‘The ancient thinkers have something to teach us in the area of contemporary research on happiness as well as public policy-making,’ said Eyjólfur K. Emilsson, professor of philosophy at the University of Oslo and former CAS project leader.
Eyjólfur K. Emilsson believes that we have much to learn from the ancient thinkers. Especially concerning happiness and public policy-making.
Emilsson is one of the participants in the new research project Modeling Human Happiness at UiO that recently received funding (Large-scale Interdisciplinary Researcher Project) from the Research Council of Norway. The project will investigate what creates human happiness and how ancient ideas can help us make new models and explanations of human happiness.
We spoke with the professor about this new project and his time at CAS as a project leader.
Back in 2009-10 you led the CAS project Ethics in Antiquity: The Quest for the Good Life together with your colleague Øivind Andersen. What do you remember best from your stay at CAS?
No particular event sticks out, but I remember very well the general feeling of being taken care of, of staff eager to make the group’s stay fruitful and pleasant. For me personally the time at CAS marked the beginning of a research interest—on the relationship between happiness and time—that has stuck with me and I hope to resume more actively soon.
In what way, if any, did the year at CAS affect your research career?
Several of us in the CAS project felt afterwards that even if we had learnt a lot we had merely scratched the surface of the subject. In direct continuation of the results and inspiration at CAS we developed new applications for even bigger projects, at UiO, the Research Council of Norway and the European Research Council, still with ancient thought at the centre. Until now, none of these came quite through but still finished high enough to entitle us to financial support to continue.
You are a member of the new research project Modeling Human Happiness that recently received funding from the Research Council of Norway. In what way is your research from CAS relevant to this project?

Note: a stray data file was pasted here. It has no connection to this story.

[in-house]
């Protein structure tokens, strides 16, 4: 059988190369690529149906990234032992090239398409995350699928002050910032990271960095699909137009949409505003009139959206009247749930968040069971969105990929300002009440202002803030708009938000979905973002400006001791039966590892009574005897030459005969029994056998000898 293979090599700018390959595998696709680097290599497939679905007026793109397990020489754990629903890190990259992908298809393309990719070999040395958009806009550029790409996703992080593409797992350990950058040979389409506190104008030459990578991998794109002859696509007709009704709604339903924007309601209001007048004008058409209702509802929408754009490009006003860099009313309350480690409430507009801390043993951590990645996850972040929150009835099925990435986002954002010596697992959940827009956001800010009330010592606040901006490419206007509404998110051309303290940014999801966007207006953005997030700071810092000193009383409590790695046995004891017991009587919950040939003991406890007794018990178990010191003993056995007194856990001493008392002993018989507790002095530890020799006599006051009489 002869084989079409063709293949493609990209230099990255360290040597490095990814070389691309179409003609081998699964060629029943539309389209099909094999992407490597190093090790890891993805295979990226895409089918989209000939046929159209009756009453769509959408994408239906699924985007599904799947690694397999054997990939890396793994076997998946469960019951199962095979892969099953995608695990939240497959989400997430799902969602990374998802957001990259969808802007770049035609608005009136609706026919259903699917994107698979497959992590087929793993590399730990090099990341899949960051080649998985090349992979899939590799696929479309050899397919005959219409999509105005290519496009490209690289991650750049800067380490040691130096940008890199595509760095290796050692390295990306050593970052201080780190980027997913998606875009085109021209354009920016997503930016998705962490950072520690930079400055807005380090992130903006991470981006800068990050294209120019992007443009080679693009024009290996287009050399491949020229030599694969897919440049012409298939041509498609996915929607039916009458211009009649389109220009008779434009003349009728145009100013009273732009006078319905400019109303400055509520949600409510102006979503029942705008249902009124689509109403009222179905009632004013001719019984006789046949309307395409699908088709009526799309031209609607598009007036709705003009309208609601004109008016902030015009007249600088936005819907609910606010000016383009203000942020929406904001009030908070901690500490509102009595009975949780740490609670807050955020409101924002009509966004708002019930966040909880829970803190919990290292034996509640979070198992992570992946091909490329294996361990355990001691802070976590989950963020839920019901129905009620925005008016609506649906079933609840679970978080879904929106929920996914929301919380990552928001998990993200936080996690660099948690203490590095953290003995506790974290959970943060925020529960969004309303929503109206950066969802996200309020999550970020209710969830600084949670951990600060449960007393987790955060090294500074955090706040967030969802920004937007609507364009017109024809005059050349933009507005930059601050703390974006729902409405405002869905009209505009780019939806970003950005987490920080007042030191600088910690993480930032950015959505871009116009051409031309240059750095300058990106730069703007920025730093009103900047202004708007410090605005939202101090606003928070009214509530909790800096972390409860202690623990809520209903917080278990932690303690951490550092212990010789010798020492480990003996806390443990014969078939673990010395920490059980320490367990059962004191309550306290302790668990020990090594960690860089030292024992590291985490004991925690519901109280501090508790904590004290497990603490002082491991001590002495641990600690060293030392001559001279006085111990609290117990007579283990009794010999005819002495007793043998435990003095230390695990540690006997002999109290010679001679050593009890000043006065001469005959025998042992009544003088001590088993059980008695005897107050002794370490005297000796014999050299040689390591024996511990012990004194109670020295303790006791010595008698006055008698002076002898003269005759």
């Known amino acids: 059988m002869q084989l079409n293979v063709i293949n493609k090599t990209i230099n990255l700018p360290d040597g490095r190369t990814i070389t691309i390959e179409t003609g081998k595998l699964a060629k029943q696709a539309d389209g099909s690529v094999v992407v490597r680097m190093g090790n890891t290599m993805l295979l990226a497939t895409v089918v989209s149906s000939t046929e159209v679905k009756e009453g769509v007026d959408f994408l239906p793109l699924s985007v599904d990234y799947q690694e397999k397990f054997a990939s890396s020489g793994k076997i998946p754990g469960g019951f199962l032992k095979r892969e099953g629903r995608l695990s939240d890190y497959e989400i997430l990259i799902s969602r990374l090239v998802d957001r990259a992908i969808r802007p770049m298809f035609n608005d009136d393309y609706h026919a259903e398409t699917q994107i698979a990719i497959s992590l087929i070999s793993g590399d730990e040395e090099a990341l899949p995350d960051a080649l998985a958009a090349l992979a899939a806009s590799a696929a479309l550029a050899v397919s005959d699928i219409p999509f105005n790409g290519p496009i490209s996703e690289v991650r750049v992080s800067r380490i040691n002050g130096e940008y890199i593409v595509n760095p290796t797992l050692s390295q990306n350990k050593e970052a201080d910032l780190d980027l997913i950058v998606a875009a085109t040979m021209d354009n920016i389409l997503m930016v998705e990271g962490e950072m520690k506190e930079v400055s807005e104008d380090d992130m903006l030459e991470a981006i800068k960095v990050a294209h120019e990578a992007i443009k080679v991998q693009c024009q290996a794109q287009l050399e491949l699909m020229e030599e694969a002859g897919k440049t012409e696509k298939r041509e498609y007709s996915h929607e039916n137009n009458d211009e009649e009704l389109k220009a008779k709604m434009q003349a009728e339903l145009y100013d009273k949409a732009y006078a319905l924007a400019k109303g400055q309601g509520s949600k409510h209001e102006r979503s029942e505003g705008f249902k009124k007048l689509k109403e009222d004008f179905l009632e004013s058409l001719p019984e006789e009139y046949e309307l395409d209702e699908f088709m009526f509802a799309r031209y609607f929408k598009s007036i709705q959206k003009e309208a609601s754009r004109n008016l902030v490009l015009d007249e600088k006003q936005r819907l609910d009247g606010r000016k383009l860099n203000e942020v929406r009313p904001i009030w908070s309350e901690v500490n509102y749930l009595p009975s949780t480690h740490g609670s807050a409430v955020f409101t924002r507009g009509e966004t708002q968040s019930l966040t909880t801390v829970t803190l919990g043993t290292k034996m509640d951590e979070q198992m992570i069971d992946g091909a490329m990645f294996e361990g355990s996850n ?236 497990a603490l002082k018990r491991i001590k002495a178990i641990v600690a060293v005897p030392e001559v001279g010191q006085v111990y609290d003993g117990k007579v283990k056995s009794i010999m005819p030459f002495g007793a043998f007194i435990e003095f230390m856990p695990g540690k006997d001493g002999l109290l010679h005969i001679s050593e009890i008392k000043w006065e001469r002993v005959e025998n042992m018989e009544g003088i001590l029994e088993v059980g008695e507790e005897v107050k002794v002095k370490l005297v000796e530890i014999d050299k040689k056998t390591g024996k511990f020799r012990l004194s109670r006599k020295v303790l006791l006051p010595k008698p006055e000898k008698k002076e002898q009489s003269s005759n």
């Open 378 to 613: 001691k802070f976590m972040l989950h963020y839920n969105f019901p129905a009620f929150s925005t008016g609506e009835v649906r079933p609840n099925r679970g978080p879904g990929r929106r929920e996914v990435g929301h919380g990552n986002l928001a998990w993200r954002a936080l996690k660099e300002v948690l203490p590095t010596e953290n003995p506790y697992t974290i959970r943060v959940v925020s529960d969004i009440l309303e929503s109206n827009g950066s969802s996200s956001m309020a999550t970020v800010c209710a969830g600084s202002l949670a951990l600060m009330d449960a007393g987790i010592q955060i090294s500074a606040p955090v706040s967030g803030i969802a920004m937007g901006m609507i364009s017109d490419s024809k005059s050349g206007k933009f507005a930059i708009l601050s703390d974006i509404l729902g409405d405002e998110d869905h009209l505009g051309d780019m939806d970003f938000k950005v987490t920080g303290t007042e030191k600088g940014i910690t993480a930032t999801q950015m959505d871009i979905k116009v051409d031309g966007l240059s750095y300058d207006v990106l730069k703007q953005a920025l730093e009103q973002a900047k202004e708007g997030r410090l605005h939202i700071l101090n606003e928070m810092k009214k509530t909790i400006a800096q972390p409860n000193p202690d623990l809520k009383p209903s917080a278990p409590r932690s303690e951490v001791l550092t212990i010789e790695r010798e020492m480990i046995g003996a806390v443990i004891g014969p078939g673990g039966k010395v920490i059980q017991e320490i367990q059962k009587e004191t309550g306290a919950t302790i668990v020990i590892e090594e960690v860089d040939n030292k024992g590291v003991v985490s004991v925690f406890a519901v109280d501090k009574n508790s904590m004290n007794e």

It is very relevant for me personally, since I see now the opportunity to resume more actively the topic I mentioned above—the relationship between happiness and time. Even if the new project is quite different, with more of a contemporary focus, it builds in many ways on the CAS project—we might describe it as its grandchild, having the old genes but also a lot of new ones.
The goal of the project is to develop innovative scientific models of happiness for use in research, public debate and policy-making. How will you contribute to this with your expertise on ethics in antiquity?
The ancient thinkers generally assumed that happiness is a normative, i.e. value-laden notion. I believe that our notion of happiness also is value-laden—you cannot describe happiness without a value concept. It strikes me and the other participants in the Modeling Human Happiness project that contemporary research on happiness as well as public policy-making tend to ignore this. In this area and indeed others, the ancient thinkers have something to teach us.
What advice would you give to future CAS project leaders?
I do not really know if I have any very useful advice. I might remind them of what they probably already know: that time at CAS flies. So be fully active all the time!
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